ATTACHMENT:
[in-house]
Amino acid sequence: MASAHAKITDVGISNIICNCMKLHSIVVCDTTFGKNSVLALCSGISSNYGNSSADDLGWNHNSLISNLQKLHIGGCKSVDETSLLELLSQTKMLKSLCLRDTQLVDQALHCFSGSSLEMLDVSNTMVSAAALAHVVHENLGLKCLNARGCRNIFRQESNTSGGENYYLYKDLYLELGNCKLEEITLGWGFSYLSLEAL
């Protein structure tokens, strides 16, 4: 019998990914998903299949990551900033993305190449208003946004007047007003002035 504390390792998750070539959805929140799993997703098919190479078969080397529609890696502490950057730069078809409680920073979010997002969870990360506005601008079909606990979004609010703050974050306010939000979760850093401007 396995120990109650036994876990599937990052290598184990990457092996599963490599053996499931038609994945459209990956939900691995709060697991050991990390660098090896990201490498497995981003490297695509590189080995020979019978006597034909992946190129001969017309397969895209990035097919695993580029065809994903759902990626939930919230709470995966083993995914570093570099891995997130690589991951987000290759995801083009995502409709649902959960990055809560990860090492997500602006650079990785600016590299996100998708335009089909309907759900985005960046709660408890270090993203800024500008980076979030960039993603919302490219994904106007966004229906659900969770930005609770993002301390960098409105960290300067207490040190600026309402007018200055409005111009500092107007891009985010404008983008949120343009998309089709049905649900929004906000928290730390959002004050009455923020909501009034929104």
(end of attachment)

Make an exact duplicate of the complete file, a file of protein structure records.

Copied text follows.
[in-house]
Amino acid sequence: MASAHAKITDVGISNIICNCMKLHSIVVCDTTFGKNSVLALCSGISSNYGNSSADDLGWNHNSLISNLQKLHIGGCKSVDETSLLELLSQTKMLKSLCLRDTQLVDQALHCFSGSSLEMLDVSNTMVSAAALAHVVHENLGLKCLNARGCRNIFRQESNTSGGENYYLYKDLYLELGNCKLEEITLGWGFSYLSLEAL
């Protein structure tokens, strides 16, 4: 019998990914998903299949990551900033993305190449208003946004007047007003002035 504390390792998750070539959805929140799993997703098919190479078969080397529609890696502490950057730069078809409680920073979010997002969870990360506005601008079909606990979004609010703050974050306010939000979760850093401007 396995120990109650036994876990599937990052290598184990990457092996599963490599053996499931038609994945459209990956939900691995709060697991050991990390660098090896990201490498497995981003490297695509590189080995020979019978006597034909992946190129001969017309397969895209990035097919695993580029065809994903759902990626939930919230709470995966083993995914570093570099891995997130690589991951987000290759995801083009995502409709649902959960990055809560990860090492997500602006650079990785600016590299996100998708335009089909309907759900985005960046709660408890270090993203800024500008980076979030960039993603919302490219994904106007966004229906659900969770930005609770993002301390960098409105960290300067207490040190600026309402007018200055409005111009500092107007891009985010404008983008949120343009998309089709049905649900929004906000928290730390959002004050009455923020909501009034929104």